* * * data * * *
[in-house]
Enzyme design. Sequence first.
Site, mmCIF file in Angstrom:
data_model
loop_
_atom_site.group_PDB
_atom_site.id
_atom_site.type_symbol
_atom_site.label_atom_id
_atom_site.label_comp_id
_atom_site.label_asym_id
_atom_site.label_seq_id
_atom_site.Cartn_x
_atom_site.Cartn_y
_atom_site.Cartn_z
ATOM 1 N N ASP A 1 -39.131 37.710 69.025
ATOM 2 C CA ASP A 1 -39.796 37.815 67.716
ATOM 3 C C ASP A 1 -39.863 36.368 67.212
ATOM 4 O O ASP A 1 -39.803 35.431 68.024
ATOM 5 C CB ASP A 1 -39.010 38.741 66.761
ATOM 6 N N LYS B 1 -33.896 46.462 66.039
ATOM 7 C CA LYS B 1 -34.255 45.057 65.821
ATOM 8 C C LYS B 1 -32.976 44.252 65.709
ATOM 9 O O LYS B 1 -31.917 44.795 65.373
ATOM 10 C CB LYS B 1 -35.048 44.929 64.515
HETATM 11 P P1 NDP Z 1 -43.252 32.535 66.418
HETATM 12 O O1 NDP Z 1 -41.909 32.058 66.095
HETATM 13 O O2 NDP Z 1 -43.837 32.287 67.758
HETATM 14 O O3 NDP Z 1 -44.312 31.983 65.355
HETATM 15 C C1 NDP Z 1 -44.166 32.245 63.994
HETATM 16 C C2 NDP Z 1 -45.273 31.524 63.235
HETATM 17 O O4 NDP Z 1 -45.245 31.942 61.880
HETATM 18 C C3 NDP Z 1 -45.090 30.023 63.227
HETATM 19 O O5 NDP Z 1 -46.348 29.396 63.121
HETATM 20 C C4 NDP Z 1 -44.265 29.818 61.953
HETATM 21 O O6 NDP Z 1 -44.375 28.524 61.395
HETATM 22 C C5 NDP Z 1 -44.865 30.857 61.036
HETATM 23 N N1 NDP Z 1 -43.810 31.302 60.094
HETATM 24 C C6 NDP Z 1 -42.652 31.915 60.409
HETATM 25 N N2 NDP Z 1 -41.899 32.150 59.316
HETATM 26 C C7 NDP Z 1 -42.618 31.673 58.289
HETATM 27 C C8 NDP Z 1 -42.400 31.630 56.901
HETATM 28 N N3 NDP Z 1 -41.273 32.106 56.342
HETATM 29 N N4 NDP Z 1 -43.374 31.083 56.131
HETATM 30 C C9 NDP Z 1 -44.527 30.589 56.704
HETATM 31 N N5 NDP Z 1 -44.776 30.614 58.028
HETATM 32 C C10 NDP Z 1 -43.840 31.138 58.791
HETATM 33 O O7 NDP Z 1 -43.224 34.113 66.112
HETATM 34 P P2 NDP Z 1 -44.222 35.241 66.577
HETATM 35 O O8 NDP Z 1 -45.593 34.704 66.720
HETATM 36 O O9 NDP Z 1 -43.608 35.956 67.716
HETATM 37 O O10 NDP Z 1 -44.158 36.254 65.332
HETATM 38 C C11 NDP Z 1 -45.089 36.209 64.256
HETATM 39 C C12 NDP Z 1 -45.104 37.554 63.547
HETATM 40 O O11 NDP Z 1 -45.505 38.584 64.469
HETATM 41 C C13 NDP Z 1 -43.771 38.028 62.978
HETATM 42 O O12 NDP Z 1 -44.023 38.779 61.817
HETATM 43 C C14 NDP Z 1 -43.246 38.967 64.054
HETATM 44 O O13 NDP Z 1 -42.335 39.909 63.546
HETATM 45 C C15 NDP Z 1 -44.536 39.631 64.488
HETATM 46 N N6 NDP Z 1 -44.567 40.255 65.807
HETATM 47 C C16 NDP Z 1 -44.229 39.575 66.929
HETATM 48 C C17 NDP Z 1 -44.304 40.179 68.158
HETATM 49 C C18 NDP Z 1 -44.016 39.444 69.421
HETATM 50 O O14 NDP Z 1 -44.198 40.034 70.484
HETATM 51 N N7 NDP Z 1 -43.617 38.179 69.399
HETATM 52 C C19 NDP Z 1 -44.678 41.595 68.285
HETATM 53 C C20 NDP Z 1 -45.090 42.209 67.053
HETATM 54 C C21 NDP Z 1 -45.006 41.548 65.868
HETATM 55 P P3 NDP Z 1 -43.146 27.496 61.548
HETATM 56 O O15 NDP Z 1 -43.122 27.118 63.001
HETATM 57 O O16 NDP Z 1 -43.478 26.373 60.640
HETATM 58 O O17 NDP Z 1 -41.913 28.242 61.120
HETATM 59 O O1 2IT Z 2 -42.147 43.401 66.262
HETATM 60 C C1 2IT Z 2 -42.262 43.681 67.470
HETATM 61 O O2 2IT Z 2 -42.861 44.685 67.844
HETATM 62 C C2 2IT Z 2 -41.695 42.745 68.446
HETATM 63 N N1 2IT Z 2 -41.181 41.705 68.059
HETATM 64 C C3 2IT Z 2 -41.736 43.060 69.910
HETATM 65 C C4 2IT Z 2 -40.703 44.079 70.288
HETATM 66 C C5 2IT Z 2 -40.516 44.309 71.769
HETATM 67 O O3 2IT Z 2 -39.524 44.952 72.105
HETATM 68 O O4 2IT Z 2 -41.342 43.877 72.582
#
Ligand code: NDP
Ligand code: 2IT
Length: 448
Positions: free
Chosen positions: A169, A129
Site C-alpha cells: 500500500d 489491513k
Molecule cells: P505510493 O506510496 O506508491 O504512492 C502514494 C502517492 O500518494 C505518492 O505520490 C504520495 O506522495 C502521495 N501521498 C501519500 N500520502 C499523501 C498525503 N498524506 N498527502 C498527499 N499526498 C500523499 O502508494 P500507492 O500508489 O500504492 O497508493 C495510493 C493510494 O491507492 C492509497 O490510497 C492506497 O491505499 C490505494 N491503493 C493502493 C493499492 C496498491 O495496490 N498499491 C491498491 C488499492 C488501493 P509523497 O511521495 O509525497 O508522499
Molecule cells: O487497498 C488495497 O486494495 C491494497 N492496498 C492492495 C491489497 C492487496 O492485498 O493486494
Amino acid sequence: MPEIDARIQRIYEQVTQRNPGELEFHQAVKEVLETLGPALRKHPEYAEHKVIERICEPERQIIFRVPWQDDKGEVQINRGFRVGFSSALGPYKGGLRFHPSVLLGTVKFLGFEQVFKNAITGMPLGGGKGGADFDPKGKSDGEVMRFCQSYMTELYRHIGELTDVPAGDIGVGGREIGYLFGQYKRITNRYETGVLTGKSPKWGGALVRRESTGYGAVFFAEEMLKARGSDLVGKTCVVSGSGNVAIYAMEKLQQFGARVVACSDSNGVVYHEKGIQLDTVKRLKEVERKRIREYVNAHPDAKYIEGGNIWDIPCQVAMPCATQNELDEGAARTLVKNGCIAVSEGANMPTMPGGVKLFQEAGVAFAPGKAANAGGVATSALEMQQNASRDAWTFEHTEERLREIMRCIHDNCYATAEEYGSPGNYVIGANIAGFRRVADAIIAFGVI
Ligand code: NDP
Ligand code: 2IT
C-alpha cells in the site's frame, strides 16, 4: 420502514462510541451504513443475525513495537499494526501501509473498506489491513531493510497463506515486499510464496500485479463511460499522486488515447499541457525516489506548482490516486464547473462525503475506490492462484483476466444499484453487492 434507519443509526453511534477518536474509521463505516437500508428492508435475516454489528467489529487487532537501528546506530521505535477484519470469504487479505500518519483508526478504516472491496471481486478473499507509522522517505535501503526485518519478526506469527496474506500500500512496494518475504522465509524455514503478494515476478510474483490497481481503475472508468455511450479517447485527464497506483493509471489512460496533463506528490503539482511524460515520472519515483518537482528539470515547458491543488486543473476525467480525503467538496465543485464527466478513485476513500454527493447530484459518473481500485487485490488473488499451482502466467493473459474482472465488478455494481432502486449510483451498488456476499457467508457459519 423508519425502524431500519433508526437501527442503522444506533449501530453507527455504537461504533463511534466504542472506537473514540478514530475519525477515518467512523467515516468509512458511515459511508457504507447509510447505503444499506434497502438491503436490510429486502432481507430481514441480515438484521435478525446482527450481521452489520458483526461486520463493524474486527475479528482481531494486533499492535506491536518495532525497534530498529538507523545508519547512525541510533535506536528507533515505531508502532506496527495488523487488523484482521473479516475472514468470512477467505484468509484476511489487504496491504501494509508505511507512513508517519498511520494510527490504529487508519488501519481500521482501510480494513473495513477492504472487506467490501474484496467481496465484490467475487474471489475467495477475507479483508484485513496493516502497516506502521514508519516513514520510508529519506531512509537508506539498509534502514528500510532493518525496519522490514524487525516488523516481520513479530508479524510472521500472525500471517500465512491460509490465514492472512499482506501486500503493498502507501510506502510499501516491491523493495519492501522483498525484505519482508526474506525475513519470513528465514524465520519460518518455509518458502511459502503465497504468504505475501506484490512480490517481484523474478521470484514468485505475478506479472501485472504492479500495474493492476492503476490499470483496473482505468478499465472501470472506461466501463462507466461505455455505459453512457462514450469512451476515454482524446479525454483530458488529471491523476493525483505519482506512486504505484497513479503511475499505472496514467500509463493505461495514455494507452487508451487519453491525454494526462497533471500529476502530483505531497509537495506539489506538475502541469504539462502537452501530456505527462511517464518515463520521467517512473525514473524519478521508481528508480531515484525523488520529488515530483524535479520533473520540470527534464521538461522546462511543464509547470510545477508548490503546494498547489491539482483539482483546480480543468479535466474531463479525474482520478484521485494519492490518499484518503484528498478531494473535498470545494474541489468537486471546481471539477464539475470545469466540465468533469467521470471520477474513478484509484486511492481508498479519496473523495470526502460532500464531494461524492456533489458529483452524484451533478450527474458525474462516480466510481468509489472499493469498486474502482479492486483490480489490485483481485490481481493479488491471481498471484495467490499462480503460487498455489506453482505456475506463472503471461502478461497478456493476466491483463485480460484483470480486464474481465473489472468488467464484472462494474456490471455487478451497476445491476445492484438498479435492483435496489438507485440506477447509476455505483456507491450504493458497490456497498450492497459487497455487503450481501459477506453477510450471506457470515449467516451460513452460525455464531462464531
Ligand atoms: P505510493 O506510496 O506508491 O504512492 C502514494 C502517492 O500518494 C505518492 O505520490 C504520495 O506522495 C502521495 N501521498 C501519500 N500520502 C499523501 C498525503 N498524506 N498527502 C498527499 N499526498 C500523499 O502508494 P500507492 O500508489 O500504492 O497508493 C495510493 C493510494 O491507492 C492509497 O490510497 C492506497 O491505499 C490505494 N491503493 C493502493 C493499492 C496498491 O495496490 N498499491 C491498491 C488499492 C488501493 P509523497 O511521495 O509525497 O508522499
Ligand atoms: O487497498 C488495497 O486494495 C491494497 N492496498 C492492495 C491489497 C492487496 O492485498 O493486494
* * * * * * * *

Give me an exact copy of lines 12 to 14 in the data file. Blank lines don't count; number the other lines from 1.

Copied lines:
_atom_site.label_seq_id
_atom_site.Cartn_x
_atom_site.Cartn_y